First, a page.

If subsidised fuel is really cheap, the shopping mall is perfectly happy with their diesel generator. But even if diesel is cost effective, people want to move towards these hybrid systems with renewables and storage because of the noise and aggravation of maintaining a diesel generator. Diesel generators need constant maintenance. It’s not highly skilled maintenance, but you have to change the oil and pay attention to it all the time. So, it’s not strictly an economic question. Sometimes people feel the need to reduce their carbon footprint, I suspect that’s not the case yet in Iraq where there may be more immediate priorities.
Reducing pollution in Iraqi cities would be a major step forward; generator pollution and traffic pollution combine with dust into a horrible smog. But there is some rooftop solar in Iraq, and while these small developments won’t power air conditioning, technology is progressing, things that were not possible even seven years ago are entering the realm of the possible. Are you seeing this impact interest in microgrids?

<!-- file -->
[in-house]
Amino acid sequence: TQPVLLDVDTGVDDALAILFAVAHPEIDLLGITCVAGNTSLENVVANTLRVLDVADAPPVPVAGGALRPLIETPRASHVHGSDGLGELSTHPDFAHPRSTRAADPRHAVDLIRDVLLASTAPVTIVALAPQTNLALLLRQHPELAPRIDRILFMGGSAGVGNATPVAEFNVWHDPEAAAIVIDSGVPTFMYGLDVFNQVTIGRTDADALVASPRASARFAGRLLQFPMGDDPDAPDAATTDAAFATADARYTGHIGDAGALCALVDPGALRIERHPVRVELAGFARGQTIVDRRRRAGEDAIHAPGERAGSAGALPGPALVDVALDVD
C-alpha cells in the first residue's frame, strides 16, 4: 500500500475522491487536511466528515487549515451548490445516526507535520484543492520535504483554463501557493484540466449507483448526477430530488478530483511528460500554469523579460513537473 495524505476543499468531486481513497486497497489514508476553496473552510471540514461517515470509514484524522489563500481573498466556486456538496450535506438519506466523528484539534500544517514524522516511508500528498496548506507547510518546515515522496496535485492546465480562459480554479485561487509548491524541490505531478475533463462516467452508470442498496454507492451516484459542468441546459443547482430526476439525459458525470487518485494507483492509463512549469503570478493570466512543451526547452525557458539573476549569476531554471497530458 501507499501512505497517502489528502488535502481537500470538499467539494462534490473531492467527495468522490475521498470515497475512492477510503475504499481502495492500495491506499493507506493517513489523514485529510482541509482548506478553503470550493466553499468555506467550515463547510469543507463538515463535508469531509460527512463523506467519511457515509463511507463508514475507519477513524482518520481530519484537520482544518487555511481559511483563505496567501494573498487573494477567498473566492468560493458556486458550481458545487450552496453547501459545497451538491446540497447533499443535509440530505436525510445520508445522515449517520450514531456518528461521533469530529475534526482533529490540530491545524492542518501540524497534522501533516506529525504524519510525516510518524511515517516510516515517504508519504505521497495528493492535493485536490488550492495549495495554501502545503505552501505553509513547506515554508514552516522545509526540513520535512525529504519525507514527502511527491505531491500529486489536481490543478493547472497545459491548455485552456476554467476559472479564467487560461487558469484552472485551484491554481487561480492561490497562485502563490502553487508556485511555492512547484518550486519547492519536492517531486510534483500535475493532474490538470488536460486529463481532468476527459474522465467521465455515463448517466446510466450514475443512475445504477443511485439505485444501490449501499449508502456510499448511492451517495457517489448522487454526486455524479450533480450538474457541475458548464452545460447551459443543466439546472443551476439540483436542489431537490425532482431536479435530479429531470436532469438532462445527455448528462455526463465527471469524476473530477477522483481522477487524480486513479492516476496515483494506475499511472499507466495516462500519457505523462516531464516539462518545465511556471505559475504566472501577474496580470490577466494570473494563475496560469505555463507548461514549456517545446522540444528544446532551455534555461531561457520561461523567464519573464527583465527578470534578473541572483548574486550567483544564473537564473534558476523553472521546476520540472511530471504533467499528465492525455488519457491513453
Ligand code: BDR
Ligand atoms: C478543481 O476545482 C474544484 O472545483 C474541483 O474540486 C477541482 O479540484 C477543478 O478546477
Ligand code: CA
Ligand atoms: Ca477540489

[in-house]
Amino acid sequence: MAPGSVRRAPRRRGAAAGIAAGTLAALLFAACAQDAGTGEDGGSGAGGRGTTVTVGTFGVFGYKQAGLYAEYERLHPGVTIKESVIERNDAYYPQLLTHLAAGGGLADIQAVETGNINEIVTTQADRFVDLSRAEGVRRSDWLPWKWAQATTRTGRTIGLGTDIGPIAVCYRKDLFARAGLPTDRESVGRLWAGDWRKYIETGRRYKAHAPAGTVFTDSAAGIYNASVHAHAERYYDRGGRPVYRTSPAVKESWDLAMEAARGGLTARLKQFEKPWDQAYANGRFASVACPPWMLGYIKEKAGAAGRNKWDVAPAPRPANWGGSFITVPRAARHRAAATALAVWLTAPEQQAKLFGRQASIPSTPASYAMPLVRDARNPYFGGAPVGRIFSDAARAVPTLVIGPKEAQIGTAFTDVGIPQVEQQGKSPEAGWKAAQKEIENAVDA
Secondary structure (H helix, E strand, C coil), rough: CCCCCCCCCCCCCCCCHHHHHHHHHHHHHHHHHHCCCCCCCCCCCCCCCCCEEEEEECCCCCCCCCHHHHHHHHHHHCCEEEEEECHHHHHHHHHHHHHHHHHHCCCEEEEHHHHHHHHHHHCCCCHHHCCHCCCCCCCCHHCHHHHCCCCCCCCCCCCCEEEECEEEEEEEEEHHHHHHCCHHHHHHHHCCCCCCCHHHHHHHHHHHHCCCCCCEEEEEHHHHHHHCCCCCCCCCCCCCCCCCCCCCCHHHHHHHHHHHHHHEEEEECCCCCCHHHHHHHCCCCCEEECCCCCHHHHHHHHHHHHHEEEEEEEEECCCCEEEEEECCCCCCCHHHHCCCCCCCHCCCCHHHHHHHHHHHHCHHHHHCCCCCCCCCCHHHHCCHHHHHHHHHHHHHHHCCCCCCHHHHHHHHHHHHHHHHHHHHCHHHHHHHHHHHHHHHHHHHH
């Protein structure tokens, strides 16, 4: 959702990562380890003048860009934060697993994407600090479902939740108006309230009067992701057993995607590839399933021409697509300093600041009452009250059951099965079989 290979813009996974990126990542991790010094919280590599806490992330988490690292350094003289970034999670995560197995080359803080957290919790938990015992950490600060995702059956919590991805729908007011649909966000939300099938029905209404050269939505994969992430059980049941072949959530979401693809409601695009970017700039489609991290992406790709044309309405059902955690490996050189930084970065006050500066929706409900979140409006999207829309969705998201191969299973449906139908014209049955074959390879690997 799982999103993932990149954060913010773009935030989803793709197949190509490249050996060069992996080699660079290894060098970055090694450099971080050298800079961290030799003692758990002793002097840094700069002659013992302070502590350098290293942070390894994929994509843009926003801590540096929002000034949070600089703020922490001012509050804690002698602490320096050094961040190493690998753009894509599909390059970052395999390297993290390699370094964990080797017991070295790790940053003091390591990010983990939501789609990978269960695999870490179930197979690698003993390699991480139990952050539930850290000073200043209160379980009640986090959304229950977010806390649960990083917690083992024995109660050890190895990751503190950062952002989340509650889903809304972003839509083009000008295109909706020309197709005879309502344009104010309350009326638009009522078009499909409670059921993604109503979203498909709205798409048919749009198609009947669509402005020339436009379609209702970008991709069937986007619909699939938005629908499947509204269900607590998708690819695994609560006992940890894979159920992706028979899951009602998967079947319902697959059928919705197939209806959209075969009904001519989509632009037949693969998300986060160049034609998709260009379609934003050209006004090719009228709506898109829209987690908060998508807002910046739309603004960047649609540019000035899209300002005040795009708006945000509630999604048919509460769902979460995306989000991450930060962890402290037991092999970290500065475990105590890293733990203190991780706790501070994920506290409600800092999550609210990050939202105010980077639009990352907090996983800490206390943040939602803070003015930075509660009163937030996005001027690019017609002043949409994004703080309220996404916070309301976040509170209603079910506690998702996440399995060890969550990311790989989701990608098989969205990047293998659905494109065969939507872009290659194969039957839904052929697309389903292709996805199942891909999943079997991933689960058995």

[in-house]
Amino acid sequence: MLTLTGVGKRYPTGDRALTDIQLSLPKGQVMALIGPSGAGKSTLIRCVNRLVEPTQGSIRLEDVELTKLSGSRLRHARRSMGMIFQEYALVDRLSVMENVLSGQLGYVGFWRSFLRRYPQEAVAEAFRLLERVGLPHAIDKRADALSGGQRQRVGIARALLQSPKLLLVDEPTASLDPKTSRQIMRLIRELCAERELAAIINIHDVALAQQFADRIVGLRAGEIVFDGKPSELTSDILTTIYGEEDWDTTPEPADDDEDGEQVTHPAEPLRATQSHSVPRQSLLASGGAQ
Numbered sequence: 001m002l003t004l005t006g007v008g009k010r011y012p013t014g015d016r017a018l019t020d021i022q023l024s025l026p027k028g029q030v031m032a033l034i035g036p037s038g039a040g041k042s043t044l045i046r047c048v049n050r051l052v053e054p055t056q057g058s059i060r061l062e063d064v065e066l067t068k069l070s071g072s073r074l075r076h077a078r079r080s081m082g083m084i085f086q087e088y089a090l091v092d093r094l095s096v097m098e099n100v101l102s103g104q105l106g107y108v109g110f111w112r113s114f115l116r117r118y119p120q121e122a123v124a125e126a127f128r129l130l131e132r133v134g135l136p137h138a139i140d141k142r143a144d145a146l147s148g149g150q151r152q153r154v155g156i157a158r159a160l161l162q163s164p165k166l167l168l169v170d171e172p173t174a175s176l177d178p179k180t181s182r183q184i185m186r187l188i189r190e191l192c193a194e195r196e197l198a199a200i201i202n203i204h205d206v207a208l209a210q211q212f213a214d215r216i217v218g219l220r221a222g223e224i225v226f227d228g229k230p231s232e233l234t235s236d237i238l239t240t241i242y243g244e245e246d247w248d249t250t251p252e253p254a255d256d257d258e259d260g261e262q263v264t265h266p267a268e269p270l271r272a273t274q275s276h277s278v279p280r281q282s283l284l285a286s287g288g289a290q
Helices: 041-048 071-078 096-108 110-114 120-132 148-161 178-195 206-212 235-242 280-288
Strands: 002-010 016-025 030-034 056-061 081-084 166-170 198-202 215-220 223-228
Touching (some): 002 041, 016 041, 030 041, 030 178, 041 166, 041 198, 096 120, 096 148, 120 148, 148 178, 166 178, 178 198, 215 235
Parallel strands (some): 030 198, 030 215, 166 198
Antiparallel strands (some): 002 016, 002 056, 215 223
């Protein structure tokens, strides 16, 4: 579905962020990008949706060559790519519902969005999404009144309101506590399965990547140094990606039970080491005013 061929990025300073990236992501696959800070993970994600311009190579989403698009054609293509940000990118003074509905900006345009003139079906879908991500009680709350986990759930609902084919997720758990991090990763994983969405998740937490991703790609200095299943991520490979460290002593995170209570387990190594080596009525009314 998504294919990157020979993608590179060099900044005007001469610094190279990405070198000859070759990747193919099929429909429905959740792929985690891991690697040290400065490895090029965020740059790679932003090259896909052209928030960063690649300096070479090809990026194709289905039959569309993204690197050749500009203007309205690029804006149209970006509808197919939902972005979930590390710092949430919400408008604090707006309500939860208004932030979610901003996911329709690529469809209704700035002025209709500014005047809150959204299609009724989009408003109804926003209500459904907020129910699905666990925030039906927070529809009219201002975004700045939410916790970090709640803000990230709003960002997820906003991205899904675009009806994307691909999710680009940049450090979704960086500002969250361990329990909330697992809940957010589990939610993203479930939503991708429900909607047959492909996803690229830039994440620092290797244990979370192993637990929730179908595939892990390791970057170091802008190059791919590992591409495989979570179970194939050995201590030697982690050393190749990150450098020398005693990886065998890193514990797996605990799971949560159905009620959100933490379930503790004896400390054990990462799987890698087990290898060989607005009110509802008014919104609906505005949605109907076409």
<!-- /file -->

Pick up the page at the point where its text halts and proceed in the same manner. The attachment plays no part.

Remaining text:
With regards to something like air conditioning, here in Colorado it’s a dry climate, and we use evaporative coolers. This could be very effective in parts of Iraq where the climate is also dry. There is a huge range of less energy-intensive options that are cost effective. But again, if energy is heavily subsidised it’s going to be hard to promote. Ideally, you would want to see some of that subsidy money diverted to fund cleaner alternatives. But that presents a bureaucratic battle, which is unfortunate because one of the things I like about this microgrid field is it offers a way to bypass bureaucracy. You can go to a village or an individual commercial entity, and if they are enthused by the idea, you don’t have to battle as much bureaucracy.
One of the big problems with many development projects has simply been sustainability. In one example, expensive equipment was donated to a hospital in Africa but the donors did not consider whether the power was reliable enough to run it, and children died. How do you view the issue of sustainability?
I think the failure to consider sustainability has haunted countless development projects but I would tentatively say we’re seeing improvement now, towards cost effectiveness. And that is what we focus on, an optimisation model that finds the least-cost system to serve the load.
But 10 or 20 years ago, most of the interest was philanthropic, involving grants. They just wanted to do something and they weren’t looking at the problem in a commercial, replicable way. This was led by engineers who wanted to test new technology and they were not thinking like business people, as in, what is actually cost effective?